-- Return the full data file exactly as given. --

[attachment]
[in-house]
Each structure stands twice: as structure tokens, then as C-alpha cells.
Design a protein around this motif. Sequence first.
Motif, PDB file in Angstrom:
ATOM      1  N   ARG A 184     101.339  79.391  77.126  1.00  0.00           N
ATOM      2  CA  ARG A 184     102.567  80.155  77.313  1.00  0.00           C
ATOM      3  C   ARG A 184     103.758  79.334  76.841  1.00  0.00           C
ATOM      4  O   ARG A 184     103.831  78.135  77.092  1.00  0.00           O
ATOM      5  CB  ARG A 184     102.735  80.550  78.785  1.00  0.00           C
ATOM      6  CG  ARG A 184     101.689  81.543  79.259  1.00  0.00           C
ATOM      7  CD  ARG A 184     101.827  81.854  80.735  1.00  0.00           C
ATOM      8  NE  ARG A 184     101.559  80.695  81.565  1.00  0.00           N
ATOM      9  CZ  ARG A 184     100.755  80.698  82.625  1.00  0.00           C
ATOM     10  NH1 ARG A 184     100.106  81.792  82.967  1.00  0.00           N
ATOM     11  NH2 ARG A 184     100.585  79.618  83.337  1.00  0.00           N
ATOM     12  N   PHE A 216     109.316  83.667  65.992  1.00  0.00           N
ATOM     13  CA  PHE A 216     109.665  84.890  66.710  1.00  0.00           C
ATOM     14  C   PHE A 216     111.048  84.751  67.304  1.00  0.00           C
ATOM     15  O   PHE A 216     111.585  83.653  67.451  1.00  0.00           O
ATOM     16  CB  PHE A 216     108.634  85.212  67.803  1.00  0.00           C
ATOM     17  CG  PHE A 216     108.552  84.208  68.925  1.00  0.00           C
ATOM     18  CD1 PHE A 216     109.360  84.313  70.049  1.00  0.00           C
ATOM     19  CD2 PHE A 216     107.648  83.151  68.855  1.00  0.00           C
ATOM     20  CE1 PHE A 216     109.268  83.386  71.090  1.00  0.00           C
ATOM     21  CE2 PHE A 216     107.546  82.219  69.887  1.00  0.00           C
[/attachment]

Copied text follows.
[in-house]
Each structure stands twice: as structure tokens, then as C-alpha cells.
Design a protein around this motif. Sequence first.
Motif, PDB file in Angstrom:
ATOM      1  N   ARG A 184     101.339  79.391  77.126  1.00  0.00           N
ATOM      2  CA  ARG A 184     102.567  80.155  77.313  1.00  0.00           C
ATOM      3  C   ARG A 184     103.758  79.334  76.841  1.00  0.00           C
ATOM      4  O   ARG A 184     103.831  78.135  77.092  1.00  0.00           O
ATOM      5  CB  ARG A 184     102.735  80.550  78.785  1.00  0.00           C
ATOM      6  CG  ARG A 184     101.689  81.543  79.259  1.00  0.00           C
ATOM      7  CD  ARG A 184     101.827  81.854  80.735  1.00  0.00           C
ATOM      8  NE  ARG A 184     101.559  80.695  81.565  1.00  0.00           N
ATOM      9  CZ  ARG A 184     100.755  80.698  82.625  1.00  0.00           C
ATOM     10  NH1 ARG A 184     100.106  81.792  82.967  1.00  0.00           N
ATOM     11  NH2 ARG A 184     100.585  79.618  83.337  1.00  0.00           N
ATOM     12  N   PHE A 216     109.316  83.667  65.992  1.00  0.00           N
ATOM     13  CA  PHE A 216     109.665  84.890  66.710  1.00  0.00           C
ATOM     14  C   PHE A 216     111.048  84.751  67.304  1.00  0.00           C
ATOM     15  O   PHE A 216     111.585  83.653  67.451  1.00  0.00           O
ATOM     16  CB  PHE A 216     108.634  85.212  67.803  1.00  0.00           C
ATOM     17  CG  PHE A 216     108.552  84.208  68.925  1.00  0.00           C
ATOM     18  CD1 PHE A 216     109.360  84.313  70.049  1.00  0.00           C
ATOM     19  CD2 PHE A 216     107.648  83.151  68.855  1.00  0.00           C
ATOM     20  CE1 PHE A 216     109.268  83.386  71.090  1.00  0.00           C
ATOM     21  CE2 PHE A 216     107.546  82.219  69.887  1.00  0.00           C